Dear Departure,

My world doesn’t make as much sense without you in it, like I’ve been left to finish a game without knowing the rules. Death is so many things, but mostly it feels unfair and impossible. A reality in which you don’t exist to love us as fiercely as you did, doesn’t feel like reality at all. There was so much more for you to show me, wisdom you so readily imparted on me throughout my life. You have left me to navigate the winding unchartered paths alone – without the light of your wisdom.  All of our worlds were being held together with bricks you laid so carefully, gently, with purpose and love. These walls are quickly crumbling and I don’t know how to get a grasp on a proper adhesive to hold them up.

You would know. You could have told me.

You’ve taken a piece of my heart with you. It beats differently now in the absence of your voice, your warmth, your embrace. I just wish you’d known it was already yours – because you loved me, because you loved others who loved me. Your love transcends and transfers from one life to the next. I want so desperately to be present with you, sipping coffee on your porch looking out across the California or Texas sky.  One last bear hug or cup of coffee or kiss in my ear. I wish to feel your love wash over me again for even a moment, knowing full well it would never be enough.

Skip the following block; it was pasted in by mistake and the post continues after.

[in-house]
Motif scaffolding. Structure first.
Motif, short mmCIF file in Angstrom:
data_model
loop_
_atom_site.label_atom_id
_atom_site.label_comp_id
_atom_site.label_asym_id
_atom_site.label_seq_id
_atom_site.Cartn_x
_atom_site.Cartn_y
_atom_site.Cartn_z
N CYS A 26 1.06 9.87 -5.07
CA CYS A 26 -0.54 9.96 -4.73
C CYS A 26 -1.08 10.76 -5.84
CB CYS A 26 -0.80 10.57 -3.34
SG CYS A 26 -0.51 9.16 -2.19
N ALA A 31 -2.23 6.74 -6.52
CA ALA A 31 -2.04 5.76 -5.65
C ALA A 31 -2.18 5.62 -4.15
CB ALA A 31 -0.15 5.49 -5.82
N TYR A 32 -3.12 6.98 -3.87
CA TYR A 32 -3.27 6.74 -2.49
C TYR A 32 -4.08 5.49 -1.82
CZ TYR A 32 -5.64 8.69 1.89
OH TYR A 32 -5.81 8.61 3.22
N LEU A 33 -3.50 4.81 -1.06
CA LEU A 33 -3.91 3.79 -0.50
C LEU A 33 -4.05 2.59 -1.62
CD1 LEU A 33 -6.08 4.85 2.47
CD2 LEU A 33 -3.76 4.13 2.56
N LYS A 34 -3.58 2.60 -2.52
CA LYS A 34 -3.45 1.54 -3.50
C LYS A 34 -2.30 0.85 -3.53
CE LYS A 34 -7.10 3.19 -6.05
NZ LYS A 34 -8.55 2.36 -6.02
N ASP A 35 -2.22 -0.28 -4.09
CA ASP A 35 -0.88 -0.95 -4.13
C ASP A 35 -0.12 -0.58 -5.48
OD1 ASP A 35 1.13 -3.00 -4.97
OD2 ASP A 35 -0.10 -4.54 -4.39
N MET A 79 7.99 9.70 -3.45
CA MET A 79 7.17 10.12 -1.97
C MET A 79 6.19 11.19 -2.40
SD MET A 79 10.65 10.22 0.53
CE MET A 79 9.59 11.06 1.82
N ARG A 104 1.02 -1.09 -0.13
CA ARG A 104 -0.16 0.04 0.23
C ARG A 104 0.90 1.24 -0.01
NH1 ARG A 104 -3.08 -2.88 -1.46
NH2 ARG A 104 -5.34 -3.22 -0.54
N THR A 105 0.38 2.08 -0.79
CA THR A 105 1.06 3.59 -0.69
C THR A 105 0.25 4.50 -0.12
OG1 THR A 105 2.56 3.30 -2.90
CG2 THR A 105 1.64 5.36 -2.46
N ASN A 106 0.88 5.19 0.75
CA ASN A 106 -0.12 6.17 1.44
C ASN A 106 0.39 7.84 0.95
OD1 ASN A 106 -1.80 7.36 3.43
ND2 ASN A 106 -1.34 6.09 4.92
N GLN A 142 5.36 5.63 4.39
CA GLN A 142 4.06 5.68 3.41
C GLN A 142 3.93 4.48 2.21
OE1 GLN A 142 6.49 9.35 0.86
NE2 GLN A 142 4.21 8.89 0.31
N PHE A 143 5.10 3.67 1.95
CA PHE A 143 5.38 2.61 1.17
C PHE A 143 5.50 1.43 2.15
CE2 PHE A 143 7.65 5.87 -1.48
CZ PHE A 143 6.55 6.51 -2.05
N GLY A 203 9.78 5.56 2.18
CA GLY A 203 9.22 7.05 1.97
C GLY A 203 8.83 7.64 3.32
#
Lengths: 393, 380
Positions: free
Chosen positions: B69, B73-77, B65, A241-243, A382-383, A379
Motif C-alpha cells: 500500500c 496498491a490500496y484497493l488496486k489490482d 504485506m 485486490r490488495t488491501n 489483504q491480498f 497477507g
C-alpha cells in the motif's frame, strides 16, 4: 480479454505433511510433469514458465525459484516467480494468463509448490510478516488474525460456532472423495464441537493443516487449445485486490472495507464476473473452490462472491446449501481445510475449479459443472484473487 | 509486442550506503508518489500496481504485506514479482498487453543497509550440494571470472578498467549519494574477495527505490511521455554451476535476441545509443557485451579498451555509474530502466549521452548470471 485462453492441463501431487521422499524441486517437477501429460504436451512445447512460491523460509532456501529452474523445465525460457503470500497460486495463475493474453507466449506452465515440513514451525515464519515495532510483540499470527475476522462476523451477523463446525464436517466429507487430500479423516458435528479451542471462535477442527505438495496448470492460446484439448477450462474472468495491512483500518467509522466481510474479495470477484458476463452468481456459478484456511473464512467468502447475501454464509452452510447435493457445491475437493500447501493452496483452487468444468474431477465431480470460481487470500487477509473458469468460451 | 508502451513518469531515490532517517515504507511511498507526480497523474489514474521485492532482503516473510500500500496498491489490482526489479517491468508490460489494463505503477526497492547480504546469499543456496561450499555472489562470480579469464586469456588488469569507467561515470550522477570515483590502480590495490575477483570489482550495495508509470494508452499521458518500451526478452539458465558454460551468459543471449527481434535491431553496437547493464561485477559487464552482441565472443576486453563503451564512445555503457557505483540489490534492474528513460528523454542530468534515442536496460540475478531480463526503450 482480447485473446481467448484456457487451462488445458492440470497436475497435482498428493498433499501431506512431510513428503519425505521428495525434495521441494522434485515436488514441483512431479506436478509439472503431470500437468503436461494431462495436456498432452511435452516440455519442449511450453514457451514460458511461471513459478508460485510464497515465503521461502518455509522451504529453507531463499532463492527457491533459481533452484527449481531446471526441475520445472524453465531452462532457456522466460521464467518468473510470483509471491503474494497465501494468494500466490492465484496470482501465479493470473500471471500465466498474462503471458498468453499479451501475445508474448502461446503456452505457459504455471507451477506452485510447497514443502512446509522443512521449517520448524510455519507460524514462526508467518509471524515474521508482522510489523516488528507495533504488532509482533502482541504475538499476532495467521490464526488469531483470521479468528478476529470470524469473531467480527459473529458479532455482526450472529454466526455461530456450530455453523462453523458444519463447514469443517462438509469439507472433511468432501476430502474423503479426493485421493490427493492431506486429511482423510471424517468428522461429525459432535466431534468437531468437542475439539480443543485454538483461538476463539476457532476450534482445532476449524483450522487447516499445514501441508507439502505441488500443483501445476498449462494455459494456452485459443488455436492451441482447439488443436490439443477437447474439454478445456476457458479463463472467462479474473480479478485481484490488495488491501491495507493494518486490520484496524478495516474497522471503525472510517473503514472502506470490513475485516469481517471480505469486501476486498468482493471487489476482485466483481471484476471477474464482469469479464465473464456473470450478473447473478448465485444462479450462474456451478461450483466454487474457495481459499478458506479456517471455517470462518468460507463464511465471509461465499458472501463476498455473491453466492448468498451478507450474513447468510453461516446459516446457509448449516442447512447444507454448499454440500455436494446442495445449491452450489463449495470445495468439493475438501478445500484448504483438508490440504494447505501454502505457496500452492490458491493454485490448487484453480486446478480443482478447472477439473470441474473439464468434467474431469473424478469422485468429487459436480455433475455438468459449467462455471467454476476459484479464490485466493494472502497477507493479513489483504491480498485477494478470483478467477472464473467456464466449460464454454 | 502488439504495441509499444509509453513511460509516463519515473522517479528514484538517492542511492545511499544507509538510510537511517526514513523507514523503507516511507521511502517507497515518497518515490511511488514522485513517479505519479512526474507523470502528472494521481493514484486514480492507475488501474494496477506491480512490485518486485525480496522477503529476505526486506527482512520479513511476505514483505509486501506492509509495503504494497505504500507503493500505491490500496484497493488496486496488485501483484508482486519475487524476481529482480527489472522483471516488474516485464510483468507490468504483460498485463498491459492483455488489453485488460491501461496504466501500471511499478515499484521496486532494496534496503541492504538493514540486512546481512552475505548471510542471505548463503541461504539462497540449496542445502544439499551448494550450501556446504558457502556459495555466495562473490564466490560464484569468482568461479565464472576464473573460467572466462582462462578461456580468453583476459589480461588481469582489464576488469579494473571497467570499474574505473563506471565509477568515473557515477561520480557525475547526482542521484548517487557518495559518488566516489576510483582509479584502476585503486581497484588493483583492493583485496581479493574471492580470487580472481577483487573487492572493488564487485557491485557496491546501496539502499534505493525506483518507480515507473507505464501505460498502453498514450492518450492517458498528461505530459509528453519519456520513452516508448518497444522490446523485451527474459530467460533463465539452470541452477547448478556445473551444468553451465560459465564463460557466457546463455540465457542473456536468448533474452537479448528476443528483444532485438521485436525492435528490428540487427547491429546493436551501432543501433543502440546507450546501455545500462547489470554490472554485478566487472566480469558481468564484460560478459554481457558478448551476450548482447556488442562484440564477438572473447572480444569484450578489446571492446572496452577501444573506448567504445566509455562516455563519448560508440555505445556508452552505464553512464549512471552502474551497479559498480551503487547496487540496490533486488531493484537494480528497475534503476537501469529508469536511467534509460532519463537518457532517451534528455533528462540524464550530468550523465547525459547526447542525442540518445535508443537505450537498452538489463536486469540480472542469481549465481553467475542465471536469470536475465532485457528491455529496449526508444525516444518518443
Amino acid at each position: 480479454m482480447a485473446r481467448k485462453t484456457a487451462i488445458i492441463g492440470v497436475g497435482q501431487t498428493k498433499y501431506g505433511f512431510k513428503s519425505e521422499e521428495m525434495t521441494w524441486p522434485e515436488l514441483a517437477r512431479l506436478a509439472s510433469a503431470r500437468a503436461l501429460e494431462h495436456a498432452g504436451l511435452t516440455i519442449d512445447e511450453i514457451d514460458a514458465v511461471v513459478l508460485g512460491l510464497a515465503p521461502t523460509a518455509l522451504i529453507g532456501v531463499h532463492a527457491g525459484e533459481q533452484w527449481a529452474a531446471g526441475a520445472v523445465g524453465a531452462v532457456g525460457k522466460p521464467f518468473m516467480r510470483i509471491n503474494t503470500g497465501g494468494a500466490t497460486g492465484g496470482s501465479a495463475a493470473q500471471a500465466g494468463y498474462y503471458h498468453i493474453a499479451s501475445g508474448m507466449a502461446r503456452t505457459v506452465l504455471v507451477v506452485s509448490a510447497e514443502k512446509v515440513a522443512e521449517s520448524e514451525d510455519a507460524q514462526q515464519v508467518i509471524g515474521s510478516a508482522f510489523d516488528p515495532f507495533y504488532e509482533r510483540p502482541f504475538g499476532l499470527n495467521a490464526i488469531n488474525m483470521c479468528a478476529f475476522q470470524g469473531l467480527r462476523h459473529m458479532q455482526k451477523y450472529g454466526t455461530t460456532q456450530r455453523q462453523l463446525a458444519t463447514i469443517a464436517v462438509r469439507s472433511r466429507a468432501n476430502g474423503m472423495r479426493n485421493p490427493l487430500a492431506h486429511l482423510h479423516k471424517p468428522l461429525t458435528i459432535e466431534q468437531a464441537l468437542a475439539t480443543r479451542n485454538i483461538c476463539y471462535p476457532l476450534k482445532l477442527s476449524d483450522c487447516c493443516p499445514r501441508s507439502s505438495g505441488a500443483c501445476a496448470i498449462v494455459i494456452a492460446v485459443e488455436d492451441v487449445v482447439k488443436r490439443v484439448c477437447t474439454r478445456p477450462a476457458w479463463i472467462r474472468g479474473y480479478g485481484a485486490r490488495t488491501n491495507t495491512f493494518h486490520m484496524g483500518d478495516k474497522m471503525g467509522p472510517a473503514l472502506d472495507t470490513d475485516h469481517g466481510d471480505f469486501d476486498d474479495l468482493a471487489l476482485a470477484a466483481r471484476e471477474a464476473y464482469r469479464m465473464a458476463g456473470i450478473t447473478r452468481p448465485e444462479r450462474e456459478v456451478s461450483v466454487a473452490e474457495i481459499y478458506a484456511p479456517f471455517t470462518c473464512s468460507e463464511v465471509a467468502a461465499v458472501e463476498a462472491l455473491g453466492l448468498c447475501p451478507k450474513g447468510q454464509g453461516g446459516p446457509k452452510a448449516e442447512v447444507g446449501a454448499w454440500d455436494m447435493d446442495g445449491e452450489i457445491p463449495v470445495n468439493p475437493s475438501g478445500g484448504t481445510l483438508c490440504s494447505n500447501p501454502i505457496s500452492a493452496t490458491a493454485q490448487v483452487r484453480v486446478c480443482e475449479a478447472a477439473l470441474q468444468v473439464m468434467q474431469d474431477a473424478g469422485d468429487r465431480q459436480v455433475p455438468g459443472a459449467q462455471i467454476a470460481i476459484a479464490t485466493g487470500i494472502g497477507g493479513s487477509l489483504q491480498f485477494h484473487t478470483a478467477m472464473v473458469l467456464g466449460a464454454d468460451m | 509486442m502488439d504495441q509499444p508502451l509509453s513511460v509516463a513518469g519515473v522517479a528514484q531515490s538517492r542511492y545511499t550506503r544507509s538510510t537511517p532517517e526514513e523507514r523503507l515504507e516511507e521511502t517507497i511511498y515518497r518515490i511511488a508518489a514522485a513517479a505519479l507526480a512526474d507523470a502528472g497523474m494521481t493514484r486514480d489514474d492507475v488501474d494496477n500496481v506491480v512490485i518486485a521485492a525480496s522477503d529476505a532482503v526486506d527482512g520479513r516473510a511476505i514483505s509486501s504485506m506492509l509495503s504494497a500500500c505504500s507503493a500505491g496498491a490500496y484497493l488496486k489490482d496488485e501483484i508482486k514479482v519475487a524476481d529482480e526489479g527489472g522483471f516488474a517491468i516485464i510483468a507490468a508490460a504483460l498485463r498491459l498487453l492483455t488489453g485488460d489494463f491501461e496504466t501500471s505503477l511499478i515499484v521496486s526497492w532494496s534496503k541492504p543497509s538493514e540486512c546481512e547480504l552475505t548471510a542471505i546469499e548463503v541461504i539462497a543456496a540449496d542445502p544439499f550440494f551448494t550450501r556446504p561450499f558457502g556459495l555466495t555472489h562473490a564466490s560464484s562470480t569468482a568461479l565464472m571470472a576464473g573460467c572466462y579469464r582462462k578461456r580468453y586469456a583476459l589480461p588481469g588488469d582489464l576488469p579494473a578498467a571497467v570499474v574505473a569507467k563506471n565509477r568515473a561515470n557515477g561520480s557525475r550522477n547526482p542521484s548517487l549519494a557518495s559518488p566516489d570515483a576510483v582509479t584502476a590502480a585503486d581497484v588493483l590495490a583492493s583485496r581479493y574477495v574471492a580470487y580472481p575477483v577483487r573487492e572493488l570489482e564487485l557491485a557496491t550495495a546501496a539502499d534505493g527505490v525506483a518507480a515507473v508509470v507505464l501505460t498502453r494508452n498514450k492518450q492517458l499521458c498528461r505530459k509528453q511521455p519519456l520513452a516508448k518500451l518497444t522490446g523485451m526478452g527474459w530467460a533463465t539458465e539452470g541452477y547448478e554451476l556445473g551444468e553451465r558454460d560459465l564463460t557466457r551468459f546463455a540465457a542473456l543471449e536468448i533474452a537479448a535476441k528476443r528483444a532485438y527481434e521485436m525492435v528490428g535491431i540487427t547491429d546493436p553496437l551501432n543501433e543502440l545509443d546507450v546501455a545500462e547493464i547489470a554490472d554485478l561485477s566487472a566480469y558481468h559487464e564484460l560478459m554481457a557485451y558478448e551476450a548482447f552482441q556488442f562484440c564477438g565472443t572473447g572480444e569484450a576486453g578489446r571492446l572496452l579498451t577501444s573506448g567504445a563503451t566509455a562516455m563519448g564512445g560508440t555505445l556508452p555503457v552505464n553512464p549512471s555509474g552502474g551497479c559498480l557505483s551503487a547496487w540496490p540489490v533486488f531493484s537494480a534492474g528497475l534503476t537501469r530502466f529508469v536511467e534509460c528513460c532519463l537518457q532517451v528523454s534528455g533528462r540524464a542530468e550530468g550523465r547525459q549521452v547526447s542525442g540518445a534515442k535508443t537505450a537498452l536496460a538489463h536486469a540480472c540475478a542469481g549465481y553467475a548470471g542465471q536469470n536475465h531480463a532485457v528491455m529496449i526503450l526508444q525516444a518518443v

What will I do when your footprints wash away and scent fades from your sweaters? For now my sleep is stalked by vivid dreams of you and me together again, as if you had never left my side; the memory of you bursting with all the colors I always saw you in. I will hold onto the memory I’ve constructed of you in my mind, for as long as I can, because it’s all that I have. But when the day comes, when the vibrancy of you has drifted and the imprint fades – well, I dread that day with all the heart that I have left.



The rain is all but drizzling through me

in the same way your thoughts course

from your lips to my palms



The After

Someday –

I will find you here, in the place where
you now stay and will remain forever.

The after, and the before.
the accessible and the invisible.
You appear to me
and I am reminded that you
are a figment of my heart
willing your presence to be
as tangible as you always were.

This is the after.
I’ve yet to become acquainted with it,
still feeling the vacancy
of the before.
The place I can never again visit.
I will not find you there
no matter how desperately I long to.

I would like to stay awhile in
the memory of you.
So that I might take with me
all we once were able to see
in that place.
You’re here now,
but I think I choose not to see you.